WE MOVED into our Addingham home in April 2000: the house is a traditional semi built in the 1950s with a garden at the front and a small-to-medium sized garden at the rear.

When we moved in the rear garden had no plants at all, just a tired lawn, so we had a blank canvas to work from.

We decided to plant flowers and created herbaceous borders to the left and right of the lawn. We used an old pickaxe left by builders, due to the many pebbles beneath the grass.

The borders have evolved over time, growing in size and shape. At the bottom of the lawn friends built us a medium-sized dry stone walled, raised pond with a small waterfall powered by a pump. We did have fish and frogs but they were taken long ago by a local heron.

Bradford Telegraph and Argus: The borders have evolved over timeThe borders have evolved over time

Bradford Telegraph and Argus: Delphiniums add a bold splash of colourDelphiniums add a bold splash of colour

The pond has various plants including water lilies, water marigolds and watercress which flower each spring and summer.

Against the house we have clematis growing up a wooden balcony we had built, together with a beautiful, wisteria, which grew as high as our chimney before being lopped.

We try to have plants flowering in the garden throughout the year, although December is pretty sparse. In early spring we have several hellebores of various colours, pinks, purples and white. Then the spring bulbs arrive around the garden, mainly in pots, including snowdrops, crocus, scillas, daffodils, hyacinths, tulips and early flowering wallflowers.

Bradford Telegraph and Argus: Giant poppies add colourGiant poppies add colour

Bradford Telegraph and Argus: Another view of the gardenAnother view of the garden

The borders have many perennial plants including lupins, delphiniums, hollyhocks, foxgloves, poppies, red crocosmia, phlox, bleeding heart, salvias and sweet peas. This gives the garden flowering plants from spring through to autumn.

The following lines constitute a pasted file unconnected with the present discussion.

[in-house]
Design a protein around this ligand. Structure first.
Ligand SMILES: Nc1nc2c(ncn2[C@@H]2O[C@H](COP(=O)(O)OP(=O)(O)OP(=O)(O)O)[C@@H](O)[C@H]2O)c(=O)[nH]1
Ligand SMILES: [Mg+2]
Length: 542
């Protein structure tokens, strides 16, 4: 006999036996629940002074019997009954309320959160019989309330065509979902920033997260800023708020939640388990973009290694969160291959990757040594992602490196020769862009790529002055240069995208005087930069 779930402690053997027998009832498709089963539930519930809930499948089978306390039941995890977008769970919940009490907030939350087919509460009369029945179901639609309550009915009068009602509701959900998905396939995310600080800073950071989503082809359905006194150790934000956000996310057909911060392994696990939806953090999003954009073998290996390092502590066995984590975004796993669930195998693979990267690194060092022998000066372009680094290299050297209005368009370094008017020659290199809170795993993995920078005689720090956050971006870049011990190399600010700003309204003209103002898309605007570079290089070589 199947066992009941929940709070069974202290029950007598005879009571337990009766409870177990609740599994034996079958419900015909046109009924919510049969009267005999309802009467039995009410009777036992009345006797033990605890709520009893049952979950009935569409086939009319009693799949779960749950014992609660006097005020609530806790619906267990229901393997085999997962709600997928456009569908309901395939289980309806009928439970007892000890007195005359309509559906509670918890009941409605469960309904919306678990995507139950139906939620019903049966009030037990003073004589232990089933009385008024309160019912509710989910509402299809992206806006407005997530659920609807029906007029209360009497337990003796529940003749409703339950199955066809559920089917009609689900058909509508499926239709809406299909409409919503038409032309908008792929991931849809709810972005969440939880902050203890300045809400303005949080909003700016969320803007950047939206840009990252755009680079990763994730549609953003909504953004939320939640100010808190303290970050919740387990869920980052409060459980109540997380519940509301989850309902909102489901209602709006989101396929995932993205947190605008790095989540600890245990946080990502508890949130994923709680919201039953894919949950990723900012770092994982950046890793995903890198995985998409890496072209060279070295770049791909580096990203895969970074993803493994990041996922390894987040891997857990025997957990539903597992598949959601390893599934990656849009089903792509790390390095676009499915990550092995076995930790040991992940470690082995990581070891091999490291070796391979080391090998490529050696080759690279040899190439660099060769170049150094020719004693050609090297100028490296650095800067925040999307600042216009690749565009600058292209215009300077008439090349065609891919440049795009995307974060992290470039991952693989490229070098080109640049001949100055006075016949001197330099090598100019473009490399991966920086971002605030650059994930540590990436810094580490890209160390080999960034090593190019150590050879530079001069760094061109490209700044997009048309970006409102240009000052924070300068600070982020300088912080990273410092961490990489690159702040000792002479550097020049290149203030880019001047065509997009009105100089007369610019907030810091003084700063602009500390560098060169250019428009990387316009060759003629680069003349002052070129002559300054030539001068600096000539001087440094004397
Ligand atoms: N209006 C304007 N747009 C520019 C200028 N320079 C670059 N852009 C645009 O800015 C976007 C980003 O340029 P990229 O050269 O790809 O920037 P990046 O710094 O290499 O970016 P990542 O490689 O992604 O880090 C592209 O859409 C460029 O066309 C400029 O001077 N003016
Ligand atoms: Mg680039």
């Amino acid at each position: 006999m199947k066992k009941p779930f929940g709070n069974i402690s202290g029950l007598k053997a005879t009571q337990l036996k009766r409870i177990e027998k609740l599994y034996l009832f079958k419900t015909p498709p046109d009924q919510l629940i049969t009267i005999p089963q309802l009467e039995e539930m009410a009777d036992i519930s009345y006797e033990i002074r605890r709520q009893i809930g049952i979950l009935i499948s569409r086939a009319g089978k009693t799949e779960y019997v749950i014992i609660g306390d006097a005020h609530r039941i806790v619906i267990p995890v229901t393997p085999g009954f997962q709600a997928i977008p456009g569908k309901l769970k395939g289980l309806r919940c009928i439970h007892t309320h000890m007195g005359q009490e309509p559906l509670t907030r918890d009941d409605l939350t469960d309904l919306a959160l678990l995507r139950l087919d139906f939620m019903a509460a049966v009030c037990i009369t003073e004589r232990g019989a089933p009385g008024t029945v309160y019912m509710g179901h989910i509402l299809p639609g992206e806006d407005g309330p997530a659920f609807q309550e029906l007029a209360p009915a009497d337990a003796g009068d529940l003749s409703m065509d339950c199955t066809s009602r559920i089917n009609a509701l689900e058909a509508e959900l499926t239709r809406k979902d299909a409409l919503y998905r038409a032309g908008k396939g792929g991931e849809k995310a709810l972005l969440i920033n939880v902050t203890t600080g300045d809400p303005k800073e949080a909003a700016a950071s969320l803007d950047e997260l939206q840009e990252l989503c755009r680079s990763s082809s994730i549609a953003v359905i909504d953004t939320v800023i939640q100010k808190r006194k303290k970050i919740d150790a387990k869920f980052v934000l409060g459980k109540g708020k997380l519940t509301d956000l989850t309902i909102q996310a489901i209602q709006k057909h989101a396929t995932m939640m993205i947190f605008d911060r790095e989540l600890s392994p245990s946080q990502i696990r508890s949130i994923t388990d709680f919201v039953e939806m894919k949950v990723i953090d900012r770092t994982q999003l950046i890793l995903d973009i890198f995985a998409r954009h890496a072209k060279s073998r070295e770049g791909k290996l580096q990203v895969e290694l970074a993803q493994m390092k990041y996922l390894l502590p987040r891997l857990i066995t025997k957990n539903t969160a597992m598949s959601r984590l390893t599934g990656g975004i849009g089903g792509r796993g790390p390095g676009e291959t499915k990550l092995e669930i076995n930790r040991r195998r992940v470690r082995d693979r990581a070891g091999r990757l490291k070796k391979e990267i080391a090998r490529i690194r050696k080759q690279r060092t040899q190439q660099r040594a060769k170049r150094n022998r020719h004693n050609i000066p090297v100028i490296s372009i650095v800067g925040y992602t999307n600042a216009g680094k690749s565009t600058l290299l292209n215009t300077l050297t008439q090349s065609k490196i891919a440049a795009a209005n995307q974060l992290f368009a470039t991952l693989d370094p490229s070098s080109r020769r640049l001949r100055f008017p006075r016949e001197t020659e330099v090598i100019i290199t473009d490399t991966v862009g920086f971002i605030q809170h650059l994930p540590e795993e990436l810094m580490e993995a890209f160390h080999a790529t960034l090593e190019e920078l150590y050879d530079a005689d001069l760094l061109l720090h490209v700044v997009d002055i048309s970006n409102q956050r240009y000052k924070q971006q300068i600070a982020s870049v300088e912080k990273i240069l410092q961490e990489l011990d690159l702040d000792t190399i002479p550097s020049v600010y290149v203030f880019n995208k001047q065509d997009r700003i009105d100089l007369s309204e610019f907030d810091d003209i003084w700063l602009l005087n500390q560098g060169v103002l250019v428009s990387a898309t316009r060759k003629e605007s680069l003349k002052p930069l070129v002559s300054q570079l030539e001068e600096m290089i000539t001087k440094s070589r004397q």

We have various climbing roses, honeysuckle, a potato plant - which climbs up our neighbour’s conifer - clematis, jasmine, passion flower and a ceanothus bush which has bright blue flowers in late spring. All these plants give height and structure and are strong growers.

Bradford Telegraph and Argus: There's a wide variety of plantsThere's a wide variety of plants

In summer we turn to bedding plants mainly in hanging baskets, which always include trailing lobelia, violas and petunias. This year we have planted some begonias from corms in the baskets, which have done well and are half the price of made-up baskets.

We re-use most of the previous year’s potting compost by adding fertilisers such as chicken manure pellets, egg shells and fish, blood and bone fertiliser. This seems to work very well and prolongs the life of the original compost.

We are lucky to have access to free horse manure which we spread on the beds every year in the autumn - hard work but worth it. Our garden is southerly facing and sheltered providing a good environment for the plants to grow.

Bradford Telegraph and Argus: Much time has gone into creating the gardenMuch time has gone into creating the garden

At the back of one border we have a bright green leylandii hedge, through which grows the tropaeolum plant which has hundreds of tiny bright red flowers in late spring through the summer.

After flowering it produces beautiful purple berries, the tropaeolum is just about my favourite flower. The star of our front garden is a weeping larch which is a slow growing conifer which is about 20 years old and still only about eight feet tall.

Bradford Telegraph and Argus: The weeping larch is around 20-years-oldThe weeping larch is around 20-years-old (Image: UGC)

We do not have a greenhouse and do not use any form of pesticides, which gives our wildlife a chance, including birds, bees, butterflies and our visiting hedgehog.

We get many of our summer bedding plants from the Riverside Nurseries in Ilkley and enjoy the occasional visit to Holden Clough Nursery near Clitheroe and various other nurseries when we are out and about.

Our garden feels like a peaceful oasis, somewhere to sit, look at the plants and colour and just relax. When family and friends visit for afternoon tea or a barbecue they always want to take a stroll around the garden. Our tip for starting a garden from scratch is to think about the seasons and choose plants that create a garden that has interest and colour throughout the year.